A few examples of how Twain met demands for instruction, entertainment, and comfort can help explain the conventions while also exploring his capacity both to follow and subvert them to the delight of readers. As with other travel writers, Twain splices a wealth of informative material into his narratives, and almost any page included examples. In reporting events during his visit to Italy, for instance, Twain provided an instructive passage responding to one of its most revered sites, the Milan Cathedral, which demonstrates the type of instructive material common in travel books:

I like to revel in the dryest [sic] details of the great cathedral. The building is five hundred feet long by one hundred and eighty wide, and the principal steeple is in the neighborhood of four hundred feet high. It has 7,148 marble statues, and will have upwards of three thousand more when it is finished. In addition, it has one hundred and thirty-six spires–twenty-one more are to be added.

The Innocents Abroad (180)

I can assure you that Twain did not have a tape measure during his tour in Milan, and he certainly did not count the statues. Like all travel writers, though, he has access to guidebook information and tour guides, etc. He includes such data, however, not as filler, as modern readers too often assume, but as context and texture. Twain’s accounts of well-known landmarks are extensive and precise for the most part, and such “details” represent a large and vital portion of his narrative tour.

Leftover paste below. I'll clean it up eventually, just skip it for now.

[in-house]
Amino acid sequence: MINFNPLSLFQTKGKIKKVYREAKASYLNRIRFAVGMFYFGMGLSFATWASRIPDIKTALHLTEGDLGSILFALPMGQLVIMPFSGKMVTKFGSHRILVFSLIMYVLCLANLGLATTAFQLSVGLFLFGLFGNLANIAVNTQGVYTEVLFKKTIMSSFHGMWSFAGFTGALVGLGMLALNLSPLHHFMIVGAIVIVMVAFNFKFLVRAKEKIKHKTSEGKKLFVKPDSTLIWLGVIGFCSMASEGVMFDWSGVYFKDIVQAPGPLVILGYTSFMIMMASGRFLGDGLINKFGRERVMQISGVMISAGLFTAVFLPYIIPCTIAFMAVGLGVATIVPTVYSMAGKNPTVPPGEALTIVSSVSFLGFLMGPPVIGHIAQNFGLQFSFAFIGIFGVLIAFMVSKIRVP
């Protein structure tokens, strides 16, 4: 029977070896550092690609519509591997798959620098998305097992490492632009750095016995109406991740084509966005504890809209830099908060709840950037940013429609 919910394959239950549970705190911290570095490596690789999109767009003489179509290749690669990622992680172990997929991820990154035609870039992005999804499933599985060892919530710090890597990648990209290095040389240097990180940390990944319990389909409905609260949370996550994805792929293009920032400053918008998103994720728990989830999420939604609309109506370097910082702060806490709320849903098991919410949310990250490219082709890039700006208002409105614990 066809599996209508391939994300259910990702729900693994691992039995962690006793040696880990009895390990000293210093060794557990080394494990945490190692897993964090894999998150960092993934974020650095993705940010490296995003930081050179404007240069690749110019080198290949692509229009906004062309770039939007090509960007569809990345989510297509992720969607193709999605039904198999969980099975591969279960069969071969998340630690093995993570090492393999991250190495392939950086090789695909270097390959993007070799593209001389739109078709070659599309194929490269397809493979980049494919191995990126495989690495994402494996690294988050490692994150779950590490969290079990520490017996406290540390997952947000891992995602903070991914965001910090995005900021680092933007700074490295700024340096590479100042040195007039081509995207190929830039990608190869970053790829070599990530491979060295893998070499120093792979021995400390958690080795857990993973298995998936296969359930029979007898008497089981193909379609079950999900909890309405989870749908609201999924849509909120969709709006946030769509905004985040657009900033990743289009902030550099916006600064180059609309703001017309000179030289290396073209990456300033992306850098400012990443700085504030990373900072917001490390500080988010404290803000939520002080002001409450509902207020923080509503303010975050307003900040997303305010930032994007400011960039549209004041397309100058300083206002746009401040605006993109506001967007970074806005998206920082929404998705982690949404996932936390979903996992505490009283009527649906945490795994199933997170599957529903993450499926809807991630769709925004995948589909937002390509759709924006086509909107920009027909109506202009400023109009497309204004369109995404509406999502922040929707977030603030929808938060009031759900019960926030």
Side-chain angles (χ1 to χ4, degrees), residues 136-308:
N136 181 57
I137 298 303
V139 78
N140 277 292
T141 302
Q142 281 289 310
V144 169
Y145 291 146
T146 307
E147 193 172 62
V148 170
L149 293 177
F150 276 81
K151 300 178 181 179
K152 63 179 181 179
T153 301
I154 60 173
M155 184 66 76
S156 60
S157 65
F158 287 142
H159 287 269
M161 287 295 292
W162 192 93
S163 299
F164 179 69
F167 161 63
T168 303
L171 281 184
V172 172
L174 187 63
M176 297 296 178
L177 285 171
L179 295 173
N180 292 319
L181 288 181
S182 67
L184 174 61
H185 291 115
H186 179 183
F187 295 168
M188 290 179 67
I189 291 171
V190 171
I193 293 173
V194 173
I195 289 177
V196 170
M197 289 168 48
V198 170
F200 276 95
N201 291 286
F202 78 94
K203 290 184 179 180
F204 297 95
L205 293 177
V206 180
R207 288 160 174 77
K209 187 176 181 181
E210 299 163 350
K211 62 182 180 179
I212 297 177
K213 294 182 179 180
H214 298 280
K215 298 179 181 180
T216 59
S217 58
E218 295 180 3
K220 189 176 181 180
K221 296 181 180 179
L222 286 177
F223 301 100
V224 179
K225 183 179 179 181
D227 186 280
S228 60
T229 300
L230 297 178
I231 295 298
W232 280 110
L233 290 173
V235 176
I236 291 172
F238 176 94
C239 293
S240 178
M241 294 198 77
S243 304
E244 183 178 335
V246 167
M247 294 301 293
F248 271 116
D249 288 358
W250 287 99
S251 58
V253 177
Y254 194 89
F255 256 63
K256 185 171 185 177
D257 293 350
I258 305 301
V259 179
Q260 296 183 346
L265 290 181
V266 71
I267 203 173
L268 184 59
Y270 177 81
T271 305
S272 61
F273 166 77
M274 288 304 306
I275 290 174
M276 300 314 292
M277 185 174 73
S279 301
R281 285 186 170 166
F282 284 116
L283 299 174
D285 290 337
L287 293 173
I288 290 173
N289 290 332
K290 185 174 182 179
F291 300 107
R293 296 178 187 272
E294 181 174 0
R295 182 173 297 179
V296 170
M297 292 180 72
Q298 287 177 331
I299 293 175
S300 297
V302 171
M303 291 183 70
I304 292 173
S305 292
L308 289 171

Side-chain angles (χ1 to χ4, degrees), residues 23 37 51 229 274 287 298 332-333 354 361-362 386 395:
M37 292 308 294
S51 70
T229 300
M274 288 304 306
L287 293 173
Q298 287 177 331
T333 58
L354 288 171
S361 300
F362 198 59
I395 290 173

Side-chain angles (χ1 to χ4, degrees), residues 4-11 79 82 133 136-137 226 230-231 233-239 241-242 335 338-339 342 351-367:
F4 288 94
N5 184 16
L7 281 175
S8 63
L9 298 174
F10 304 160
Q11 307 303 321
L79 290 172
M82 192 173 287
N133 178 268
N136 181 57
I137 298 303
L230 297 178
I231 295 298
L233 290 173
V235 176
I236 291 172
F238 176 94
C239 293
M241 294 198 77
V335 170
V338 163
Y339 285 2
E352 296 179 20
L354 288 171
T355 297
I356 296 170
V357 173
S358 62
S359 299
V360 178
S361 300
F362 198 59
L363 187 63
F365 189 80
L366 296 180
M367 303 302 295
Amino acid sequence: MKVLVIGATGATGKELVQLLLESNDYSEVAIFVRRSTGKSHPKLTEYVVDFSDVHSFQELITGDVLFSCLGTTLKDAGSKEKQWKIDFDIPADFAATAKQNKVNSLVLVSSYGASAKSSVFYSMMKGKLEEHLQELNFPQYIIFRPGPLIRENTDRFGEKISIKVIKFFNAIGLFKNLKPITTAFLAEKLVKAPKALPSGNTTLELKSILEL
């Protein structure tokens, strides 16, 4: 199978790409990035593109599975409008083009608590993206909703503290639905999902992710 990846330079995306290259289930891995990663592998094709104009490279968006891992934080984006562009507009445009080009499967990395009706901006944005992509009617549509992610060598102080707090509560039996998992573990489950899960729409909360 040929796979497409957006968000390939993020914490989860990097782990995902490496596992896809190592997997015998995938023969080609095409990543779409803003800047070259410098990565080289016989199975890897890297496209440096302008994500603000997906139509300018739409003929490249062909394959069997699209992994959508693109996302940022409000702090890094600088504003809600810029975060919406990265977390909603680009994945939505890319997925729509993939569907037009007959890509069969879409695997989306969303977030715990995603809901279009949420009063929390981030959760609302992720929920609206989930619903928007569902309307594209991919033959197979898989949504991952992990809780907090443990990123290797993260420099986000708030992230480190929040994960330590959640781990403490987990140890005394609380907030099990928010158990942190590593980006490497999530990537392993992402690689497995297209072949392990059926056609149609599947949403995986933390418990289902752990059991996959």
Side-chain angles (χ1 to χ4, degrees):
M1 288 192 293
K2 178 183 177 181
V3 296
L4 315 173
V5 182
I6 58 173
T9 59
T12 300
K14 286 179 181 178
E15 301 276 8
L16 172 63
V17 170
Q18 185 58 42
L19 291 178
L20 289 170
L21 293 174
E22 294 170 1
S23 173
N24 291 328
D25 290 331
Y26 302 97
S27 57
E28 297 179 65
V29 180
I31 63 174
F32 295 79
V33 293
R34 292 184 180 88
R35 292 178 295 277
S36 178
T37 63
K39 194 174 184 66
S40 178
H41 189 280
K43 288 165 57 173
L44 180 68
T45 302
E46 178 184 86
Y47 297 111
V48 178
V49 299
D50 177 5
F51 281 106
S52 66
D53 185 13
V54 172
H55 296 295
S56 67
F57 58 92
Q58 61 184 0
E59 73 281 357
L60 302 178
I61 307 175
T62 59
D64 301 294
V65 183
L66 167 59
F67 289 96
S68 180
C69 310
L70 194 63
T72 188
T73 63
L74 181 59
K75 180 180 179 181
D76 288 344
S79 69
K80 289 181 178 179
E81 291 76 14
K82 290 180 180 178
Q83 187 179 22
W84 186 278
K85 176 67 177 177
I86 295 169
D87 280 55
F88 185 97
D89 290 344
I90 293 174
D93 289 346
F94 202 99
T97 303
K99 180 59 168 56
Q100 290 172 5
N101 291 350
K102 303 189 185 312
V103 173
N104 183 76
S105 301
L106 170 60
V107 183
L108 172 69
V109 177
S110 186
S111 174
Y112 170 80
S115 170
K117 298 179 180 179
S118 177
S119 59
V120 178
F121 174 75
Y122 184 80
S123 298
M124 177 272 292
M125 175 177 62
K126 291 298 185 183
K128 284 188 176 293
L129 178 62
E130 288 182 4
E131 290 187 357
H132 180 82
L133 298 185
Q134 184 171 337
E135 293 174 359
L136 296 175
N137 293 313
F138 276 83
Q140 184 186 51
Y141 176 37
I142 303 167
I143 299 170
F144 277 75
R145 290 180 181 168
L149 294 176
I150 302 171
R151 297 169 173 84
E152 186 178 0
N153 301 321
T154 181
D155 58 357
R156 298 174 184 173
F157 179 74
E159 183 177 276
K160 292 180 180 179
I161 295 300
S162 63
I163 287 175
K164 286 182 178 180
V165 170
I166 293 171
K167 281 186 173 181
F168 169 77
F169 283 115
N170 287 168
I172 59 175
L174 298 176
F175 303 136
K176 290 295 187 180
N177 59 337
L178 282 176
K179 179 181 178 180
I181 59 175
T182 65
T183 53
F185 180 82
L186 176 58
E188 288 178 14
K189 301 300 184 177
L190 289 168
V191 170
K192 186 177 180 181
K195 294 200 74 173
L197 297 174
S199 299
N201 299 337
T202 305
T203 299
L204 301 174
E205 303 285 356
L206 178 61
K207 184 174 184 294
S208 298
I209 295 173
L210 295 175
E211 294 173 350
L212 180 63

I hasten to add that Twain, while capable of meeting simple conventions, also found ways to subvert them as well. Note this passage of “information” appearing later in the narrative: “Jaffa has a history and a stirring one. It will not be discovered anywhere in this book. If the reader will call at the circulation library and mention my name, he will be furnished with books which will afford him the fullest information concerning Jaffa” (606). This playful passage acknowledges reader expectations but in doing so mocks them at the same time. Both are part of his nuanced understanding of conventional demands.